WeWork growing quickly

WeWork continues to expand its roster of co-working space in downtown San Jose.  The co-working space dispenser is now renting desks at St. James Plaza, 152 N. Third St., where it has leased 75,000 square feet from Gary Dillabough’s Urban Community.

WeWork CEO Adam Neumann is an investment partner in Urban Community, which also holds the Bank of Italy building and other properties downtown.

Re-branded as The We Company, WeWork has also leased about 75,000 square feet at Riverpark Towers, 333 W. San Carlos St., since July and The Towers @ Second, 75 E. Santa Clara St., since August 2016.

Though pricing at 152 N. Third had not been added to the WeWork.com website by press time, a desk at the other two locations costs $380 per month and a private office is $700.  Each San Jose location hosts about 1,350 desks.

In San Francisco, WeWork has 12 different locations. There are 23 WeWork spaces around the Bay Area.

Information about some of WeWork’s San Jose tenants is also making the news:

–  “The Farm” extends to San Jose:  In a move toward providing more employee flexibility, in fall 2017, Stanford University opened its first alternative work site, renting 35 work stations on the seventh floor of WeWork at 75 E. Santa Clara St.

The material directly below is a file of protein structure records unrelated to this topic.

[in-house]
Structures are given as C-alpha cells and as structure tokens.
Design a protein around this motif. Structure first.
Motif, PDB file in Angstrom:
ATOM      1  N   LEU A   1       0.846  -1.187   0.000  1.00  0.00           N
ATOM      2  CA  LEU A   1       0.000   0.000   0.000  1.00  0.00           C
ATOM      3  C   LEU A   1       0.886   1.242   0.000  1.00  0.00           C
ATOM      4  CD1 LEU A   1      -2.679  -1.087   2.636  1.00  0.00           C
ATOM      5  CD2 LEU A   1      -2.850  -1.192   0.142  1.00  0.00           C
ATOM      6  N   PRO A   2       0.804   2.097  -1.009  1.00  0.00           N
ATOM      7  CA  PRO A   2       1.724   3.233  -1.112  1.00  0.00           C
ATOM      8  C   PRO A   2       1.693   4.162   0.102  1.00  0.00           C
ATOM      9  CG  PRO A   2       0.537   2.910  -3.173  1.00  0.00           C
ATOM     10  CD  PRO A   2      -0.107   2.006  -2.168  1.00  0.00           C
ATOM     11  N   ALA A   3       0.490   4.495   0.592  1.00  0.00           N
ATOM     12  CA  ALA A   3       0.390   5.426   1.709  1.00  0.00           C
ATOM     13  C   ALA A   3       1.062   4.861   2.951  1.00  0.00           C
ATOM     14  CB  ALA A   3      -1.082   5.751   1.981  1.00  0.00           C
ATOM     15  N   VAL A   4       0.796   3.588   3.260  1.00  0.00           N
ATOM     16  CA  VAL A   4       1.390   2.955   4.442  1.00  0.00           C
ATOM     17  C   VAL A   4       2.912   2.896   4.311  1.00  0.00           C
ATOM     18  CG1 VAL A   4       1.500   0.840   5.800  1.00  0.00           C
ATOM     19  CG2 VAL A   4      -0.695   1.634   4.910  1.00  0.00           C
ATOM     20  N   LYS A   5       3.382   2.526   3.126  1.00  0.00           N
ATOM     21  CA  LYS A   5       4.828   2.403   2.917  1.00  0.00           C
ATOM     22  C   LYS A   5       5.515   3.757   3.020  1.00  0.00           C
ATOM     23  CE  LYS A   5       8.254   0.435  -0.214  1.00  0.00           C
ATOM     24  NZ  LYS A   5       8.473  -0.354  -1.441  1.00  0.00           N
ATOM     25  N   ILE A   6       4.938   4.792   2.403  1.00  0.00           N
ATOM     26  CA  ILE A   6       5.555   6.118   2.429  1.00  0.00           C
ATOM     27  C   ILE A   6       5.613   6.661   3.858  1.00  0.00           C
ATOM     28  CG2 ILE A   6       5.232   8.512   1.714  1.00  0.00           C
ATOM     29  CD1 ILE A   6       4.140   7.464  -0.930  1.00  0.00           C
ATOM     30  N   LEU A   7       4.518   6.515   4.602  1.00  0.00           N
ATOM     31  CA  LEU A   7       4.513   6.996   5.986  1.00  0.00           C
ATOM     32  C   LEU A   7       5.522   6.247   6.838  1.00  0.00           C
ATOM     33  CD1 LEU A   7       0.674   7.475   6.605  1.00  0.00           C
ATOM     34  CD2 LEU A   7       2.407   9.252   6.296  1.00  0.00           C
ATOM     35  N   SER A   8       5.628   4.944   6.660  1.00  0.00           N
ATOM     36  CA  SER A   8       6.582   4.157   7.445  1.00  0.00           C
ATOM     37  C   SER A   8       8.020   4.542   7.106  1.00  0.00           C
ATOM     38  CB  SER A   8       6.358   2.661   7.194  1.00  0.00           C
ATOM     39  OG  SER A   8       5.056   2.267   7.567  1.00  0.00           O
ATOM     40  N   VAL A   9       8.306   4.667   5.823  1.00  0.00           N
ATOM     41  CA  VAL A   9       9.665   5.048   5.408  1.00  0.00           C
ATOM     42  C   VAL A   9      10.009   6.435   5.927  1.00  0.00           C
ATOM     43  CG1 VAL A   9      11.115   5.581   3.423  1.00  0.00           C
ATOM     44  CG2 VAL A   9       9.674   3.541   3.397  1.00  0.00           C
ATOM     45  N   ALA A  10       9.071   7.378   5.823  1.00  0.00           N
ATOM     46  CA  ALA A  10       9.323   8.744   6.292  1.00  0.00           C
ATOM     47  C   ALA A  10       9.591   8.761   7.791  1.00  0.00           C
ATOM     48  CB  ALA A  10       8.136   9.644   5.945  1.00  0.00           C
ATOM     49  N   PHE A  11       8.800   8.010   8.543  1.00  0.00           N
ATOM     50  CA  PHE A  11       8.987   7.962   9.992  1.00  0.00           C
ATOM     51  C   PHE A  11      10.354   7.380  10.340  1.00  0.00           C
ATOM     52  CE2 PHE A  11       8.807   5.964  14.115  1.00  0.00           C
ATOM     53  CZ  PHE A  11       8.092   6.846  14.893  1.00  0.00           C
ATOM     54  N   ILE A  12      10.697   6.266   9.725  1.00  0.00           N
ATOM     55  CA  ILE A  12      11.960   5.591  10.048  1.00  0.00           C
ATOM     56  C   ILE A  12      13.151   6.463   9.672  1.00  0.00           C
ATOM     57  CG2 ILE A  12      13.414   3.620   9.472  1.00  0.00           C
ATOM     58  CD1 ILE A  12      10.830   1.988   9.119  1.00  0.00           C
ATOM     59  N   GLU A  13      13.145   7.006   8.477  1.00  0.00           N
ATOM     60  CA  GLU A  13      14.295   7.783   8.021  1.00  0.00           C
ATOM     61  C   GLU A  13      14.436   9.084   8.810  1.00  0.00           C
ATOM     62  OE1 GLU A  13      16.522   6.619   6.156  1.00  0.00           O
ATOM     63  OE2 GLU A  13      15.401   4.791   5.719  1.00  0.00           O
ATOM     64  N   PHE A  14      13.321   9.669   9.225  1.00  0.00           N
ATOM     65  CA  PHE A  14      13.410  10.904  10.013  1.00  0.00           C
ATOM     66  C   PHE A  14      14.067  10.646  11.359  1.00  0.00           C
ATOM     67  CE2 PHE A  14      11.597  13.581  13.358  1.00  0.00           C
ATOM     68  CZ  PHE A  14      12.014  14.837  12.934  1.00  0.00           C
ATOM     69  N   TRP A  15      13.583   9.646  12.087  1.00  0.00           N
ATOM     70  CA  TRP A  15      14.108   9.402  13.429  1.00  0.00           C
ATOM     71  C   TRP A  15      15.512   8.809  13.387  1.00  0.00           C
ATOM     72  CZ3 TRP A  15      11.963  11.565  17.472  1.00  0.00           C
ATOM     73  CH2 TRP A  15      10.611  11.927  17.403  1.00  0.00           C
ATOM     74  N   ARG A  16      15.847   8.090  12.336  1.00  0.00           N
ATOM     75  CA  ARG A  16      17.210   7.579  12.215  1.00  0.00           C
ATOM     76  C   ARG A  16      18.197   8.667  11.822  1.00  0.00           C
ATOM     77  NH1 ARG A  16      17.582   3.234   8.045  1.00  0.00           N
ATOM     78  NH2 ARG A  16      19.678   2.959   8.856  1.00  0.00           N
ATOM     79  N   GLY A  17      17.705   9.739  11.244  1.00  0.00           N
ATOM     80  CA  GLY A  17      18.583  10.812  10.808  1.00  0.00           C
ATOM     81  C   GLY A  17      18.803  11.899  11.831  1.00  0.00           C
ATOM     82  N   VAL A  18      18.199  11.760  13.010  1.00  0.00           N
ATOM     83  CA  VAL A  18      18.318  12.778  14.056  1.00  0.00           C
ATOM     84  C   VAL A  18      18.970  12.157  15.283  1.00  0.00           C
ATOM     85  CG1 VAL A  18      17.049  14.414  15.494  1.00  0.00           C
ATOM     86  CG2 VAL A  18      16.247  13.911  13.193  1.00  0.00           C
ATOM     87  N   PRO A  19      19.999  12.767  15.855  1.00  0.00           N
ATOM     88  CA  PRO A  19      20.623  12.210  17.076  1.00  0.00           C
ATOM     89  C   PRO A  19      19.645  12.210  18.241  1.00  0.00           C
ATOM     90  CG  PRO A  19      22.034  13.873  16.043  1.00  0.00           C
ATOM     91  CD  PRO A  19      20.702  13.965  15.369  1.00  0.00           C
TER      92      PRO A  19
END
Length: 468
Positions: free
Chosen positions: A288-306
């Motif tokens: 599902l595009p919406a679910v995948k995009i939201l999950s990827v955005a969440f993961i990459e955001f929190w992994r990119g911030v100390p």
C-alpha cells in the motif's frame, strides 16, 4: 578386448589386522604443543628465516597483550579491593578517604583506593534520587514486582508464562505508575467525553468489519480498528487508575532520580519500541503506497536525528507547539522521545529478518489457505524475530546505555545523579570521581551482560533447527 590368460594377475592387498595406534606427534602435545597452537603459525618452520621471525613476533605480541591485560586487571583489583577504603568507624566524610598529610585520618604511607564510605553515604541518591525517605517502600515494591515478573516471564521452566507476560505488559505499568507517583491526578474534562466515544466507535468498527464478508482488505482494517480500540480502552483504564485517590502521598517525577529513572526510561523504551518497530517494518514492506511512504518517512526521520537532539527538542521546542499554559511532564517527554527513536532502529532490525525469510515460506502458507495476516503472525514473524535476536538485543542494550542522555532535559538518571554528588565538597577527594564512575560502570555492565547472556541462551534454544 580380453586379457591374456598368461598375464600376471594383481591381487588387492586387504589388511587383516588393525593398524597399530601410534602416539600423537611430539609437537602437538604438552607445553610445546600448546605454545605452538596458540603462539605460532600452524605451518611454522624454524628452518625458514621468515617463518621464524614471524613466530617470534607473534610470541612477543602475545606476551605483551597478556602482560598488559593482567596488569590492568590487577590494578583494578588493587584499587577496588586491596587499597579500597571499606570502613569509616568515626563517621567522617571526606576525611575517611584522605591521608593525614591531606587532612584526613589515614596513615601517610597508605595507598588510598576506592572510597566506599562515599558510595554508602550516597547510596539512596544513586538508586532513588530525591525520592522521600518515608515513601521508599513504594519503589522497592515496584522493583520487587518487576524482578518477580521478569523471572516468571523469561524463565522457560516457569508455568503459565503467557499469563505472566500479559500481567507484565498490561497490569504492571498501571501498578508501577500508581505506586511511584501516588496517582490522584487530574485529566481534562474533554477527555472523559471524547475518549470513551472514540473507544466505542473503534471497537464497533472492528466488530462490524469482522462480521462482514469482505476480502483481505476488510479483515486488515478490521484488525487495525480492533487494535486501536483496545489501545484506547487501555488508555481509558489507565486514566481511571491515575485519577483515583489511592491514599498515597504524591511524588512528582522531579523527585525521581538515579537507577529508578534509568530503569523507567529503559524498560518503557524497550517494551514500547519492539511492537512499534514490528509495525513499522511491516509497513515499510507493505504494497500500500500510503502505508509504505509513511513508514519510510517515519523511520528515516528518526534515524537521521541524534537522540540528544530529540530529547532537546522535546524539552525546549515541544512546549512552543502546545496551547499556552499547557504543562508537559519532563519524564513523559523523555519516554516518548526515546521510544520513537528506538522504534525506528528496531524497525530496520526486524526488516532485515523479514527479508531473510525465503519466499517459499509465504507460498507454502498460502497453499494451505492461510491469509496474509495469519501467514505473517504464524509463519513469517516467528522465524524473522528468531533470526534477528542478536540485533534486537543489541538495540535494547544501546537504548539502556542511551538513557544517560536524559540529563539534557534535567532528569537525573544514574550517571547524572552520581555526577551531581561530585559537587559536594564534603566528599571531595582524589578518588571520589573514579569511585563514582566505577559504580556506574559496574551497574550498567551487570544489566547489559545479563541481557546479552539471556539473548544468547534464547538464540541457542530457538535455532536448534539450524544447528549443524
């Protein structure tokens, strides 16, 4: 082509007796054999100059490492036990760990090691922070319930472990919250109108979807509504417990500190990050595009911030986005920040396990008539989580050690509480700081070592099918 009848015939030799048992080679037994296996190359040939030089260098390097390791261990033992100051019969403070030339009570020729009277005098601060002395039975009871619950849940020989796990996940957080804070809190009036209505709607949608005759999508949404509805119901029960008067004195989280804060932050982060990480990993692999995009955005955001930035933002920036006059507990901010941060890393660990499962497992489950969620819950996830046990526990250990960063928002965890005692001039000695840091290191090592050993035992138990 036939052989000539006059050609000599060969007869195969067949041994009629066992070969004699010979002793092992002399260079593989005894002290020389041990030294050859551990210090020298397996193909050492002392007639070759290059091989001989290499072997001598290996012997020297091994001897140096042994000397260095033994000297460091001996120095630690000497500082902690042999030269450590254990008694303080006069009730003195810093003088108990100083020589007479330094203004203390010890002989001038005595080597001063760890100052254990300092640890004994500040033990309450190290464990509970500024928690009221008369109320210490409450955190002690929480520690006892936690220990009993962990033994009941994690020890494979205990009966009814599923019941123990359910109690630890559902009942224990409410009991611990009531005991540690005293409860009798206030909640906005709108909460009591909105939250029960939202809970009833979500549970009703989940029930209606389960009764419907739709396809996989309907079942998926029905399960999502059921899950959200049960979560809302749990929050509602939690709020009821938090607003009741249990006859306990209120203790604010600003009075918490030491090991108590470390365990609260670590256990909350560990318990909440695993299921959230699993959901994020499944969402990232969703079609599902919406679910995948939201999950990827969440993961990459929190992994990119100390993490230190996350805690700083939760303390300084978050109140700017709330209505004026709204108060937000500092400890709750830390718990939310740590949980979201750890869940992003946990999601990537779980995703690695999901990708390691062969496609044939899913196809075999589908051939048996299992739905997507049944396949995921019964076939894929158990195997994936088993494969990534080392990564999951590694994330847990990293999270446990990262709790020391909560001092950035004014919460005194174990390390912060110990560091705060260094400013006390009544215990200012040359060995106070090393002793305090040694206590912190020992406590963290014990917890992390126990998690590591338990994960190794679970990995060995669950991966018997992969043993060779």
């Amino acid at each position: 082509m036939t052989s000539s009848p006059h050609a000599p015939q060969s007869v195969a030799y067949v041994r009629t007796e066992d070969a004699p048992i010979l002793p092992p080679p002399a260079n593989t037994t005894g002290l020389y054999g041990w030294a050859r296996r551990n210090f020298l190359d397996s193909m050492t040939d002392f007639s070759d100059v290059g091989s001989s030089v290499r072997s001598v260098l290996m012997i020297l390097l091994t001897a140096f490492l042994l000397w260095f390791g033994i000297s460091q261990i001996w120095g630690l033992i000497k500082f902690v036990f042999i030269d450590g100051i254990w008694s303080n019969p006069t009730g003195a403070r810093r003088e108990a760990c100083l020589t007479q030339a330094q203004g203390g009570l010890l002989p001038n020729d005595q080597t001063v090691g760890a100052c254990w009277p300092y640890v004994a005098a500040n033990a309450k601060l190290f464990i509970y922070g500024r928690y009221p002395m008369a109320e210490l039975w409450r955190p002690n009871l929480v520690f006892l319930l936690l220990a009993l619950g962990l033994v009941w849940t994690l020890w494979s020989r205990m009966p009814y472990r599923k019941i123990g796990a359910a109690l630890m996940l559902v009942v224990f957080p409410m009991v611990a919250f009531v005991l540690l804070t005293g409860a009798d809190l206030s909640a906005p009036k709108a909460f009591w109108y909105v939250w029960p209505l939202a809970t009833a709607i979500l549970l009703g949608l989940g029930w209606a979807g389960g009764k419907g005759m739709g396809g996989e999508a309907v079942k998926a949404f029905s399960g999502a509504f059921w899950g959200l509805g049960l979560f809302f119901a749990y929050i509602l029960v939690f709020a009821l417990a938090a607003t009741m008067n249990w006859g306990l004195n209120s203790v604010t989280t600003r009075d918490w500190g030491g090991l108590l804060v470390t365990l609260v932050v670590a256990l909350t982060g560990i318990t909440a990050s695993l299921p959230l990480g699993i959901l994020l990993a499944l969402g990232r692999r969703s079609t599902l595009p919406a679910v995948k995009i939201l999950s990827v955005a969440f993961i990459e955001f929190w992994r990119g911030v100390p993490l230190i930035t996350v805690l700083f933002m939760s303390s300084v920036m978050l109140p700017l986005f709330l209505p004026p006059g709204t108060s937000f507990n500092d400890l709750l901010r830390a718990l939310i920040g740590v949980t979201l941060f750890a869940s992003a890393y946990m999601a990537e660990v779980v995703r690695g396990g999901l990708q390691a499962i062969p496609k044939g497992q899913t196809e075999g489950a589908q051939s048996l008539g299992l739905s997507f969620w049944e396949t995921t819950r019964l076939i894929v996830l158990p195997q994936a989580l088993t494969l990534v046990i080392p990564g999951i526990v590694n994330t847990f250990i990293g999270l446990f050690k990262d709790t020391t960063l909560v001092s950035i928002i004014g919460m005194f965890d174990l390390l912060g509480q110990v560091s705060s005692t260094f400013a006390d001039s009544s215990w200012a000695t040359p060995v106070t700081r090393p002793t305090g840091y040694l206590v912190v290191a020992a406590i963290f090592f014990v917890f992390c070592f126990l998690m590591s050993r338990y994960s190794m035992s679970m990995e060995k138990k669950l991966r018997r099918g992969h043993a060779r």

After a successful yearlong pilot involving almost 500 employees who utilized the WeWork spaces, Stanford opened two more alternative work sites in San Francisco (28 workspaces) and Newark (22 spaces).  All three work sites operate at full capacity and have wait lists.  Cardinalatwork.stanford.edu/working-stanford has more.

–  Airbnb opens Silicon Valley office:  Airbnb has taken 50 desks in WeWork’s space at Riverpark Towers.  The company will operate there until it can find a more permanent location, expected in 2020.

The South Bay is one of Airbnb’s top 10 destinations for work, the company reported in August.  Other leading global work destinations are London, Paris, Los Angeles, New York, Toronto, San Francisco, Boston and Sydney.  The other cities already have regional offices.

Airbnb, now a decade old, has taken steps to expand the scope of the company beyond providing a marketplace for travelers looking for a more authentic vacation experience.  The company not only wants to support the Silicon Valley economy and technology industry, it wants to tap into the valley’s technology talent pool for its own growth.